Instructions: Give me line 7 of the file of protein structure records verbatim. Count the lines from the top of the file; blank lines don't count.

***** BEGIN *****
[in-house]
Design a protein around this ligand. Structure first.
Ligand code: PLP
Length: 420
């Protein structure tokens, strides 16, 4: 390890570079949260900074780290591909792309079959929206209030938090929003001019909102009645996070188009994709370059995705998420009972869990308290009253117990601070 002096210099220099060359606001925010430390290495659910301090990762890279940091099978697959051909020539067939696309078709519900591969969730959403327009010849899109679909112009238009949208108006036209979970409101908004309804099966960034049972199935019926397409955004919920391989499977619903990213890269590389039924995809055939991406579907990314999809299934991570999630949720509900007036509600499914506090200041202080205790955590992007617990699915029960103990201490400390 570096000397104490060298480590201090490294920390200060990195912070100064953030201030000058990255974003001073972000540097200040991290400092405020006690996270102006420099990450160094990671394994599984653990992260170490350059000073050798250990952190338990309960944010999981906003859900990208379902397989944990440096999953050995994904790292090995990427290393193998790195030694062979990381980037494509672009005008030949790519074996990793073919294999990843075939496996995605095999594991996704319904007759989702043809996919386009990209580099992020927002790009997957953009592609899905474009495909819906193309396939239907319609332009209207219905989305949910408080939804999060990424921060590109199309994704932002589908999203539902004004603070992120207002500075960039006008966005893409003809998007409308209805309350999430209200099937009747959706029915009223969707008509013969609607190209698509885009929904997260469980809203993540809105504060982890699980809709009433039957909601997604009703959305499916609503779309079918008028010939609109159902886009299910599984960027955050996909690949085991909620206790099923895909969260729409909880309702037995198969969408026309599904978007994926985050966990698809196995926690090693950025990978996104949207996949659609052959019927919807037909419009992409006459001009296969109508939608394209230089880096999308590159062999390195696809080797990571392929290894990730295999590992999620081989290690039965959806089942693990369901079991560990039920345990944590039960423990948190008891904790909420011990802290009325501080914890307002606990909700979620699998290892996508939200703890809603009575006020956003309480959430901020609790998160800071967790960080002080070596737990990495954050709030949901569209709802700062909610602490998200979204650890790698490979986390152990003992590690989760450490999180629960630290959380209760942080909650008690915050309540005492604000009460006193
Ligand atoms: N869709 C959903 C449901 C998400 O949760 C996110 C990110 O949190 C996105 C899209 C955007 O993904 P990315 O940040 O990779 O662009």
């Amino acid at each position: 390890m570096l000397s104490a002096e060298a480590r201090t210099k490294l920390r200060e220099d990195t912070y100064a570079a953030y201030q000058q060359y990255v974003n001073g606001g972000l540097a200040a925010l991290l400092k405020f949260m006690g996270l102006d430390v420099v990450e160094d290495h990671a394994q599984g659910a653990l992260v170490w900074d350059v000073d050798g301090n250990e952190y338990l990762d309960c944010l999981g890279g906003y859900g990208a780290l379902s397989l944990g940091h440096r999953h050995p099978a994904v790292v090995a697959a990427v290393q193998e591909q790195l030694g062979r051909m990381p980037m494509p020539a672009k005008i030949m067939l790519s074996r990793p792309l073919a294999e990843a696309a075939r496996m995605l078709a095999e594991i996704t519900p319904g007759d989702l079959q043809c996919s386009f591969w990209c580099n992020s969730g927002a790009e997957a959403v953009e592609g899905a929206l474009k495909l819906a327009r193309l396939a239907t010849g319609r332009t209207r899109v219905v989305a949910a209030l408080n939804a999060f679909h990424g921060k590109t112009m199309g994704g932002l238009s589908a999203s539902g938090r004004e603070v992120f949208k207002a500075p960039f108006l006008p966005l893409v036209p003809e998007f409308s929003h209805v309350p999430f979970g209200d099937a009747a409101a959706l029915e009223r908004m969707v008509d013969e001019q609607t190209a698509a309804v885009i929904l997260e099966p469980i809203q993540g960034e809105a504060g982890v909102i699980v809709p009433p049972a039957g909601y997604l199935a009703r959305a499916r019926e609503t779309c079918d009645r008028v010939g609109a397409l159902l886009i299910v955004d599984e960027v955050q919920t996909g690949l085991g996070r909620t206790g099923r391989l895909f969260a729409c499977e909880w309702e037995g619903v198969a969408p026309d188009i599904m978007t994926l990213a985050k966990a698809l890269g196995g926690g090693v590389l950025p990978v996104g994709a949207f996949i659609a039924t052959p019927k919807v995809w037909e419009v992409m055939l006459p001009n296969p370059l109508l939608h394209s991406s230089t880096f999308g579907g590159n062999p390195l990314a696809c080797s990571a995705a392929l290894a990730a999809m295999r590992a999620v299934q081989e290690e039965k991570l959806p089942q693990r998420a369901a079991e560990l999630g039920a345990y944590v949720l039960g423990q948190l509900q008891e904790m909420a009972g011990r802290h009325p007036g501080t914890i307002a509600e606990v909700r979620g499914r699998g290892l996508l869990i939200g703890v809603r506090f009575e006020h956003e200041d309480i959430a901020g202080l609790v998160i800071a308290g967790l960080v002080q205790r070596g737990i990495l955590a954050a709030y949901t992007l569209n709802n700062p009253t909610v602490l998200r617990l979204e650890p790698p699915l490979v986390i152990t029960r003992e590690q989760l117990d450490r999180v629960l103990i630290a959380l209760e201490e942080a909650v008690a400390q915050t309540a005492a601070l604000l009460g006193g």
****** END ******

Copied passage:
């Amino acid at each position: 390890m570096l000397s104490a002096e060298a480590r201090t210099k490294l920390r200060e220099d990195t912070y100064a570079a953030y201030q000058q060359y990255v974003n001073g606001g972000l540097a200040a925010l991290l400092k405020f949260m006690g996270l102006d430390v420099v990450e160094d290495h990671a394994q599984g659910a653990l992260v170490w900074d350059v000073d050798g301090n250990e952190y338990l990762d309960c944010l999981g890279g906003y859900g990208a780290l379902s397989l944990g940091h440096r999953h050995p099978a994904v790292v090995a697959a990427v290393q193998e591909q790195l030694g062979r051909m990381p980037m494509p020539a672009k005008i030949m067939l790519s074996r990793p792309l073919a294999e990843a696309a075939r496996m995605l078709a095999e594991i996704t519900p319904g007759d989702l079959q043809c996919s386009f591969w990209c580099n992020s969730g927002a790009e997957a959403v953009e592609g899905a929206l474009k495909l819906a327009r193309l396939a239907t010849g319609r332009t209207r899109v219905v989305a949910a209030l408080n939804a999060f679909h990424g921060k590109t112009m199309g994704g932002l238009s589908a999203s539902g938090r004004e603070v992120f949208k207002a500075p960039f108006l006008p966005l893409v036209p003809e998007f409308s929003h209805v309350p999430f979970g209200d099937a009747a409101a959706l029915e009223r908004m969707v008509d013969e001019q609607t190209a698509a309804v885009i929904l997260e099966p469980i809203q993540g960034e809105a504060g982890v909102i699980v809709p009433p049972a039957g909601y997604l199935a009703r959305a499916r019926e609503t779309c079918d009645r008028v010939g609109a397409l159902l886009i299910v955004d599984e960027v955050q919920t996909g690949l085991g996070r909620t206790g099923r391989l895909f969260a729409c499977e909880w309702e037995g619903v198969a969408p026309d188009i599904m978007t994926l990213a985050k966990a698809l890269g196995g926690g090693v590389l950025p990978v996104g994709a949207f996949i659609a039924t052959p019927k919807v995809w037909e419009v992409m055939l006459p001009n296969p370059l109508l939608h394209s991406s230089t880096f999308g579907g590159n062999p390195l990314a696809c080797s990571a995705a392929l290894a990730a999809m295999r590992a999620v299934q081989e290690e039965k991570l959806p089942q693990r998420a369901a079991e560990l999630g039920a345990y944590v949720l039960g423990q948190l509900q008891e904790m909420a009972g011990r802290h009325p007036g501080t914890i307002a509600e606990v909700r979620g499914r699998g290892l996508l869990i939200g703890v809603r506090f009575e006020h956003e200041d309480i959430a901020g202080l609790v998160i800071a308290g967790l960080v002080q205790r070596g737990i990495l955590a954050a709030y949901t992007l569209n709802n700062p009253t909610v602490l998200r617990l979204e650890p790698p699915l490979v986390i152990t029960r003992e590690q989760l117990d450490r999180v629960l103990i630290a959380l209760e201490e942080a909650v008690a400390q915050t309540a005492a601070l604000l009460g006193g």